Do You Know Your Characters

I have been writing along for a while, creating some new characters who have names, and for some, personalities.  I don’t have a file of characters ready to drop into my story as needed.  It’s something I am considering doing, at least with names because that’s the hardest part for me, but currently I just go with it.

I have to admit, that actually works fairly well for me.  Since I don’t outline my story ahead of time, I get all kinds of twists and turns in the middle of the story.  Yes I know where the story is starting and where the ending is going to be.  I have a general idea of what will happen in the middle but I leave it at that because, well my characters do things I didn’t forsee which so far has made the story better, or at the very least more interesting.

But this raises the question of if I actually know my characters before I start writing.  Truth be told, not really.  I start with a name, race, a few details and then let them tell me who they are.  Some would say that’s stupid because how can you put obstacles in your characters paths if you don’t know their fears, desires, needs, etc.  Well sorry but if I had tried to do that with some of my characters I would have been shoehorning them into the story and it would be very forced.  I think the way I do it makes them more real.

For instance my first book attempt was built on characters from the role-playing group I DM’d.  The story was all me but the characters were all them.  Some of those were more vivid than others because of how they were played in the game.  But it wasn’t until I started writing about them that I realized a few things.  I have one set of brothers where one of them is bitter and distrustful.  He’s an ass let me tell you and I hated that character so much when we played.  It made for a great game and he made that first book attempt awesome to write.  Partway through I had the other brother talking to another character.  They are both elves from the same area.  I discovered that my elves have a ritual they perform when they come of age as adults.  And the reason the one elf is so distrustful is that his mother married a human who killed her so he doesn’t want to return for this ritual.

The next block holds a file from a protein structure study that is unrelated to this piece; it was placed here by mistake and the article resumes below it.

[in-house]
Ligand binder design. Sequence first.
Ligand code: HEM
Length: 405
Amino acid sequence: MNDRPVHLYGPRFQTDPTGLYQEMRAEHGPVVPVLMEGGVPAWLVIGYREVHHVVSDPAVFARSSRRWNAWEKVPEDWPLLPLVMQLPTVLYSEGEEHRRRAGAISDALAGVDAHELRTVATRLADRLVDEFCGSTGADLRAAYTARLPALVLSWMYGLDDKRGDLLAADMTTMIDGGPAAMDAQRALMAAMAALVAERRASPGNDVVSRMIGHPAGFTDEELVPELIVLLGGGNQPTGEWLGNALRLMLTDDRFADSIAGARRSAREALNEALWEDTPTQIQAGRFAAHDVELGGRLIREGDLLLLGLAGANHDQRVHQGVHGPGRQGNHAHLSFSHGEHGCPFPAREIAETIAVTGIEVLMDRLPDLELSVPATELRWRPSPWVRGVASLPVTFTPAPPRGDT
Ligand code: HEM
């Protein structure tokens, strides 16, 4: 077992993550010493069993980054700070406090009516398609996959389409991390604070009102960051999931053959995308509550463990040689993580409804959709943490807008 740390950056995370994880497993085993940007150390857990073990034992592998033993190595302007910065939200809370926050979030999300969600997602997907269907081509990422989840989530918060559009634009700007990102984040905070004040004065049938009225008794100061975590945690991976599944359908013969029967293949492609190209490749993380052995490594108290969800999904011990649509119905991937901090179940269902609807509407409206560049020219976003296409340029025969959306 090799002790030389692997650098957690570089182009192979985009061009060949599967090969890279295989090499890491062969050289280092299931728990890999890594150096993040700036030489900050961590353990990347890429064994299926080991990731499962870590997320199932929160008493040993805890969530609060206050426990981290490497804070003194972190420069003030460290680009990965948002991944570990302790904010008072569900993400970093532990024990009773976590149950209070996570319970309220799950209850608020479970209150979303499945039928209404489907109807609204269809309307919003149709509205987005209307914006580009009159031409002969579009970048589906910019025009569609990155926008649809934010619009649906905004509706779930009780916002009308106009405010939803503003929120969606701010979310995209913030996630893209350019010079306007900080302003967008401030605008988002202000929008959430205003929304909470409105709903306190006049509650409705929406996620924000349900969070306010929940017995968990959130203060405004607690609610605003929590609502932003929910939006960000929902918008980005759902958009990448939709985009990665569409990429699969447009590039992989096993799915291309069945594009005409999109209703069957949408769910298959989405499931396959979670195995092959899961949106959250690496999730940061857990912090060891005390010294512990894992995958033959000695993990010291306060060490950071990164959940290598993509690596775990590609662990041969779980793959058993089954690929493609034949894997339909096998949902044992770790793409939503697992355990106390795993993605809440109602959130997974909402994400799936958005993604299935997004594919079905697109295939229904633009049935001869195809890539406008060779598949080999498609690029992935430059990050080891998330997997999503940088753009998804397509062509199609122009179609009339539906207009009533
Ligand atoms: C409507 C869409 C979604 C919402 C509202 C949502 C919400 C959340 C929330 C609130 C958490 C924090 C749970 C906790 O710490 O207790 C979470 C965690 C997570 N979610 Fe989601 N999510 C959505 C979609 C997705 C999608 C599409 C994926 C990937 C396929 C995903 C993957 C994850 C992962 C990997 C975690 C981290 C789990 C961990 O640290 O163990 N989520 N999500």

When I figured that out I was seriously shocked.  It made him not seem like such a jerk anymore.  I still write him as an ass to a lot of people but I understand why now.

That of course got me thinking about who really knows all about their characters before they write.  I can’t imagine that every writer knows everything.  Discovery is great.  I love reading things about characters I would never have guessed and writing them the same way is a blast.  So I don’t think I’ll worry too much about knowing every little detail about my characters.  They will tell me what they want me to know when they want me to know it.

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About awritersprocess
I have been a writer longer than I can remember. It started with poems in grade school and evolved into the manuscripts, articles, and blogs that I currently write for. My desire to become an editor came later in life but I am no less passionate about that as I am about writing. I have a BA in English (with a minor in History) and have even taken a proofreading class through Editorial Freelancers Association. I am a writer for hire.

3 Responses to Do You Know Your Characters

  1. When I wrote my first novel, it got to the point I couldn’t wait to get up every morning to see what my characters had been up to overnight.

    Dr. Tom Bibey, author, “The Mandolin Case”

  2. Chris G. says:

    It is a curious thing, to watch how characters develop before our own eyes – not just those of our readers’. These situations we put to them, it’s not just “entertainment value” for the readers…these changing, sifting challenges, situations, etc. reveal the characters in our own minds, flesh out their personalities, and let them breathe through us. I love that sensation dearly…

  3. never thought of that b4

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